The world is the totality of facts, not things.
Ludwig Wittgenstein, from Tractatus Logico-Philosophicus (1921)
When we are first born the world is an unfathomable mystery. We emerge from a dark, warm home, barely larger than ourselves, into a reality that is incomprehensible—it is too vast, and we have not yet developed the capacity to sense it. For all the light, color, and shadow of this new world, our newborn eyes can not yet find meaning. Life was knowable and now it is chaos.
Within a matter of weeks we learn to identify objects from the riot of sight. A teddy bear, for example. This soft and furry lump is separate from the things underneath it, next to it, and behind it, and is something singular that we may reach for or hold. We may even clutch it tightly, and this seems to be possession.
But there is still deep mystery in the object. Where did it come from? What causes it to appear? Where did it go? These are unanswerable to our brand new brain. And at this stage, if that teddy bear is taken and hidden—say, under a table and out of our sight—it’s existence seems to have ceased. It is, simply, gone.
Eventually we learn that objects continue to exist even when we are no longer able to perceive them. The teddy bear may be out of sight, but we understand that it’s there, under the table, extant. In just a matter of months this understanding is established, and the world begins to become comprehensible. It is the foundation upon which a lifetime of understanding is built.
The world unfolded to me, one mystery at a time, in the rooms and halls of my childhood home. While I was no longer held in the warm, quiet cradle of her belly, I learned that if I cried she would cradle me in her arms and comfort me. If I couldn’t see the soft and furry lump that I loved to hold, I learned it was waiting somewhere to be found, often where I slept. That there were words for these things and people around me: mom, teddy bear, mirror, book, brother, bed. I learned that not everything I loved in the house was mine to have. That things which are beautiful to look at can hurt to touch, but that my mother and my home would keep me safe. I learned that books should always be read at bedtime, cooking was a tangible form of love, love was abundant, and mom was always there. That no matter how old I became or how long I was away, walking in that front door would always smell the same.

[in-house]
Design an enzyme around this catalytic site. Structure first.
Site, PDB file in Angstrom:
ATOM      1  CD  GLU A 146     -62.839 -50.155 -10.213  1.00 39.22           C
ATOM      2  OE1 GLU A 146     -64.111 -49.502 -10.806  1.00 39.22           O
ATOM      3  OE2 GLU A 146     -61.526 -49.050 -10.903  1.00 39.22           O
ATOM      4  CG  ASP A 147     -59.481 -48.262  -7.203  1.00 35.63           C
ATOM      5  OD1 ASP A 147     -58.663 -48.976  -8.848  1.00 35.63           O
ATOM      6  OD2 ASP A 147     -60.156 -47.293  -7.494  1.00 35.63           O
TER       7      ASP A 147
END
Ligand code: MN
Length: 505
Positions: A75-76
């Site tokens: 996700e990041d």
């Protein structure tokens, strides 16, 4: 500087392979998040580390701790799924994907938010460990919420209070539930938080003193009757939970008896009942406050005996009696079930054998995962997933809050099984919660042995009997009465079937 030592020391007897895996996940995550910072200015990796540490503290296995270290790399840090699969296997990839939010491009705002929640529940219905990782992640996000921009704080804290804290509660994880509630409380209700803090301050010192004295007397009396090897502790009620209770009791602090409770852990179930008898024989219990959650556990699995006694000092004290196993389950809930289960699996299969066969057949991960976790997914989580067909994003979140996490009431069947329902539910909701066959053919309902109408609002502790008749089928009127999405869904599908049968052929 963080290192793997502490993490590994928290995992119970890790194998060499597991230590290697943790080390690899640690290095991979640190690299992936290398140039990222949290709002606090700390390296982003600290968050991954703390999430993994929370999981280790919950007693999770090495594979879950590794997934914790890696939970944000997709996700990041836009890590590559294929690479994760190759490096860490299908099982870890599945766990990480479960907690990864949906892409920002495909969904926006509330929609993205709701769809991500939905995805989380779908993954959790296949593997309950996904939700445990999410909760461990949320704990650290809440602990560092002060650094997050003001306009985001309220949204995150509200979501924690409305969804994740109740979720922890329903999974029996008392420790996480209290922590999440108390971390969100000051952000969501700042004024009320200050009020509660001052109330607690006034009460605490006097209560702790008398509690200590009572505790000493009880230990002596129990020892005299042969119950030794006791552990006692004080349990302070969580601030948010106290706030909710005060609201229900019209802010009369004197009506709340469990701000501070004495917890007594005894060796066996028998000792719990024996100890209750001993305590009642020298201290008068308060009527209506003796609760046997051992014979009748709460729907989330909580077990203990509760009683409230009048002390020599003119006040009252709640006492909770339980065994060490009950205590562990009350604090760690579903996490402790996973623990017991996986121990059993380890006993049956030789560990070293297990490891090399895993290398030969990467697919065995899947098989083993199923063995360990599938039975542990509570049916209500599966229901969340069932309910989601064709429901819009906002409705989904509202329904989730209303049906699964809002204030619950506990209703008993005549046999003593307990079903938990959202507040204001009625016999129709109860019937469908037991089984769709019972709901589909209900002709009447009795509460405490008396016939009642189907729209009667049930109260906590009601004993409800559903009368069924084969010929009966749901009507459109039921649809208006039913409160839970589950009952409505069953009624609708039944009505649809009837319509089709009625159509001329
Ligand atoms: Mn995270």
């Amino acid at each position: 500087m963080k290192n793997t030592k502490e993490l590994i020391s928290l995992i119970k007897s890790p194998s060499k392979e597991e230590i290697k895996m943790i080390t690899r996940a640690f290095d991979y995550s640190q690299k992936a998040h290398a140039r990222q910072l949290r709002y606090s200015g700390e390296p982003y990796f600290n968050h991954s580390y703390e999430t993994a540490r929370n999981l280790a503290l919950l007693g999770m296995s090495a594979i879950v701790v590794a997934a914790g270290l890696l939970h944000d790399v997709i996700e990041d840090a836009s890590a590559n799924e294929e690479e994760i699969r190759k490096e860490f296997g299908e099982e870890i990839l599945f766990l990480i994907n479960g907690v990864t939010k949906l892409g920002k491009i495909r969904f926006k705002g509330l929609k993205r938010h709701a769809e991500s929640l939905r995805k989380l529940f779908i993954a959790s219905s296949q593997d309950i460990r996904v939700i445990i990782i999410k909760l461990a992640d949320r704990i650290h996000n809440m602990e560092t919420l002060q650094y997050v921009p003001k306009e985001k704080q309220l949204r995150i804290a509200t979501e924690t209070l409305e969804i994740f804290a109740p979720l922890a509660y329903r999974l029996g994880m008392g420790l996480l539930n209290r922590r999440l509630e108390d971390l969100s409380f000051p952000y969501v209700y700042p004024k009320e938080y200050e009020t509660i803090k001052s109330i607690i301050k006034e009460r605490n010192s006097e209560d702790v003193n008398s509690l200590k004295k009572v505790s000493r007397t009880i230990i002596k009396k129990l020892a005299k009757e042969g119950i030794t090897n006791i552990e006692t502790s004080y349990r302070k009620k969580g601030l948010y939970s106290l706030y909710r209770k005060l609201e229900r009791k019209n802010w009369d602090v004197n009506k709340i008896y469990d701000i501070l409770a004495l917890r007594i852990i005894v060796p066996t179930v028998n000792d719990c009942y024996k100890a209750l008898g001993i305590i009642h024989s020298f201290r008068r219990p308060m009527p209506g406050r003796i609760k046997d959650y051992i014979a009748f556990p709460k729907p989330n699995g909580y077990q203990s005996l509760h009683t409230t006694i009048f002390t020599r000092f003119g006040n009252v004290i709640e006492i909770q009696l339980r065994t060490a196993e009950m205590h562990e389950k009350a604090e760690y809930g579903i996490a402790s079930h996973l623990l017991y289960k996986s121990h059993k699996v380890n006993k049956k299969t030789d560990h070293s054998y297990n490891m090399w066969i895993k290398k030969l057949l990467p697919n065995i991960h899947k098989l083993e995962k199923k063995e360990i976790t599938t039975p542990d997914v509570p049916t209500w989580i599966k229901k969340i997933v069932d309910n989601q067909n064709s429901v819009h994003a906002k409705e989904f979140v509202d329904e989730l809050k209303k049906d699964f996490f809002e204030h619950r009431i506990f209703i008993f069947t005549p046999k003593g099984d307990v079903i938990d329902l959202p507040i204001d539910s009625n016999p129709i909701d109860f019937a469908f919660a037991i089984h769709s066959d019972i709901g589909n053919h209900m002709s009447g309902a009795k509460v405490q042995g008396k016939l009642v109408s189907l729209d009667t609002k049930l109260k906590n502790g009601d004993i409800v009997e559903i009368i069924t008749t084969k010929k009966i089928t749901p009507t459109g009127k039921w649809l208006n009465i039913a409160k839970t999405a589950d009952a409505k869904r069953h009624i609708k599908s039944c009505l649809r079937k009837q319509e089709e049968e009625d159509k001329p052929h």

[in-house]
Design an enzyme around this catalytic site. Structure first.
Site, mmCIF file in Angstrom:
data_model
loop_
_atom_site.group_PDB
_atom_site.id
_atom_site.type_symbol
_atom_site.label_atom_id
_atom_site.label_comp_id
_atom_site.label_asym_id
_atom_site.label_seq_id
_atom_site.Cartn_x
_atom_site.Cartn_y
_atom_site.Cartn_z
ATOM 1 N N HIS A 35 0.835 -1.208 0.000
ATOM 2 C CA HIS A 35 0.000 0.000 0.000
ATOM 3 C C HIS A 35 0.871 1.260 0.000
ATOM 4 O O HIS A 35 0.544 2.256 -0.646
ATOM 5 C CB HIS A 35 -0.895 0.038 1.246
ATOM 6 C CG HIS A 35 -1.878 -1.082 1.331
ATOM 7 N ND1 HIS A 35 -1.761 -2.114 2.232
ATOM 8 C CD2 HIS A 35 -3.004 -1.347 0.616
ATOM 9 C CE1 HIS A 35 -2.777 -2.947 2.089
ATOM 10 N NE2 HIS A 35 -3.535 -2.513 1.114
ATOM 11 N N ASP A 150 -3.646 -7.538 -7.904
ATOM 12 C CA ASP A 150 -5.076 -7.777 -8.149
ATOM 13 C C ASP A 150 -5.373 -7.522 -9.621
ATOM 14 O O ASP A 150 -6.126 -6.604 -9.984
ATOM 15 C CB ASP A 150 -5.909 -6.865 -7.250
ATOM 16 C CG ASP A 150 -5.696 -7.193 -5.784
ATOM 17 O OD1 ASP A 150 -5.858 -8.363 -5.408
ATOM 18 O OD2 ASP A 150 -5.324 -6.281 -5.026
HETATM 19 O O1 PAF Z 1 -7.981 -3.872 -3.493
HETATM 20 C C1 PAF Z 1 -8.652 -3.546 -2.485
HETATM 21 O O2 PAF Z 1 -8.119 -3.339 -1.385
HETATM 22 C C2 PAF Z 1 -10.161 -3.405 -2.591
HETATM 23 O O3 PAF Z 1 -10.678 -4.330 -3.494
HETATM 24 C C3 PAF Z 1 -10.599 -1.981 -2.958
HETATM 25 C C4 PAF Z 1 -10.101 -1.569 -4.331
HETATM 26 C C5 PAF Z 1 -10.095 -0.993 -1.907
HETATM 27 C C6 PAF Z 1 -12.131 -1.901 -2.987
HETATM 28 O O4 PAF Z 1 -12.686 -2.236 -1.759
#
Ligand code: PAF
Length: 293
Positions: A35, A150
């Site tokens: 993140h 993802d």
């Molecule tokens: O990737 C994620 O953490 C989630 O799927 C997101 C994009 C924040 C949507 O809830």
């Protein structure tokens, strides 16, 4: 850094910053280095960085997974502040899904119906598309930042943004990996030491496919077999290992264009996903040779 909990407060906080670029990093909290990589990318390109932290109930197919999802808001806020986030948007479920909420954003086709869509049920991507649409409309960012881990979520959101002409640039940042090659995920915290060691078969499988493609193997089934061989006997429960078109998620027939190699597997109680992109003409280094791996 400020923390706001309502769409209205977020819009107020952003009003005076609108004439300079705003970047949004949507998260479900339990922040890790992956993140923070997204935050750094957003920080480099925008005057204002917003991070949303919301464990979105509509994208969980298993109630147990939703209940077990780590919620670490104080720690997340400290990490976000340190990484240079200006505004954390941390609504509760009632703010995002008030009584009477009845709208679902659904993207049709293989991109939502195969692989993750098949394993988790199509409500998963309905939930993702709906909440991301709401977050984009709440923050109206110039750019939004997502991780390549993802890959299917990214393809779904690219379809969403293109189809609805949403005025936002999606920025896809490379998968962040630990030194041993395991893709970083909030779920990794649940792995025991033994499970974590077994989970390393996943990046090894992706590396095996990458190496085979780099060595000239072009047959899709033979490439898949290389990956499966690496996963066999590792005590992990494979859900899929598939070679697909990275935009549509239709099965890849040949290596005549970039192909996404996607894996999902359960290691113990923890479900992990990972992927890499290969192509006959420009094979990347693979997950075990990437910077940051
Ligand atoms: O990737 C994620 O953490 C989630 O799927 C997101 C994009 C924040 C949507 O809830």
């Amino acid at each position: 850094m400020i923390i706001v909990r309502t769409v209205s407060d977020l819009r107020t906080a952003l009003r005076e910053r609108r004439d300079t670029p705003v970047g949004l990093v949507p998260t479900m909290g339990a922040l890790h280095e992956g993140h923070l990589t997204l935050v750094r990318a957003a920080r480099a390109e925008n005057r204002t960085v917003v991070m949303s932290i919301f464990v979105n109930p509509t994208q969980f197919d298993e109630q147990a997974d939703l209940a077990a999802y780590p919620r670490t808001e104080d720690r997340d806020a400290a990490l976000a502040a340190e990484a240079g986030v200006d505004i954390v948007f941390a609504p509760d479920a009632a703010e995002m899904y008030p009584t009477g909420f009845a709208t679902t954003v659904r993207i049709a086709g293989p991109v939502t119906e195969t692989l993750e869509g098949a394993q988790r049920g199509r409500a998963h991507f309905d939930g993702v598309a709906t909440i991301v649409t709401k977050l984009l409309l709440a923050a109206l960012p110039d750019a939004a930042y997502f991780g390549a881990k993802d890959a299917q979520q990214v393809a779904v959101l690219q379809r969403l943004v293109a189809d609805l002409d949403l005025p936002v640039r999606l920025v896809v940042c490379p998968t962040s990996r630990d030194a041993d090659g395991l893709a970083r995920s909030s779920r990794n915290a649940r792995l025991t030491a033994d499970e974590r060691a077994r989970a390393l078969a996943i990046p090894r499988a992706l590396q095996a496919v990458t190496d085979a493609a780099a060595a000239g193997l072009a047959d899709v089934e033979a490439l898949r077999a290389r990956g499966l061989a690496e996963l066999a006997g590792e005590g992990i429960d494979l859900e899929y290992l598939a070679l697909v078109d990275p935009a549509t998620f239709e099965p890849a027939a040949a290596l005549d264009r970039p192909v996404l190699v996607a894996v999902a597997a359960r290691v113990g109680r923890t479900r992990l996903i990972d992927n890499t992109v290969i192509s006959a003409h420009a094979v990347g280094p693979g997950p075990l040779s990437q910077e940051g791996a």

I remember laying in bed the night before I left for college, staring up at the ceiling and thinking, “This is the last night that this house is my home. I’ll come back for vacations, but from now on it will be a place that I am visiting.” College, graduate school, and a gig-based career that took me around the country and across the seas meant that since that night I’ve lived in 18 different places. With so much change, the only constants in my life were the earliest ones: mom is always there, the teddy bear still exists, sitting on my childhood bed, and walking in the front door of my childhood home always smells the same.
Things began to come apart when my mother became ill—she’d managed to thrive with her alcoholism and keep it hidden for decades, but it caught up to her eventually. She changed from a constant source of comfort and love to a woman made cruel, possessed. When I cried, she would not comfort. Love was withheld. And then she died. The first world I knew, and earliest of my truths, gone. It was unfathomable.
We have maxims to help make sense of the loss of a life: “although the person is gone, their spirit lives on in our hearts.” Since she died I’ve been working to find the place in my heart where my mother lives. At first she was an absentee tenant, but after two years she’d begun to settle into some quiet corners in a way I found comforting and constant. Things were beginning to make some kind of sense again. Mom was, once again, always there. And so were the teddy bear on the bed and the smell of coming home.
Until they weren’t. I got a phone call that there had been an accident. My home—it’s walls that once held my whole world—went up in flames in a matter of minutes after a candle tipped over, igniting a bedsheet. The the people got out, the dog did not, and the house, and everything in it, was gone.
My childhood home had burned to the ground.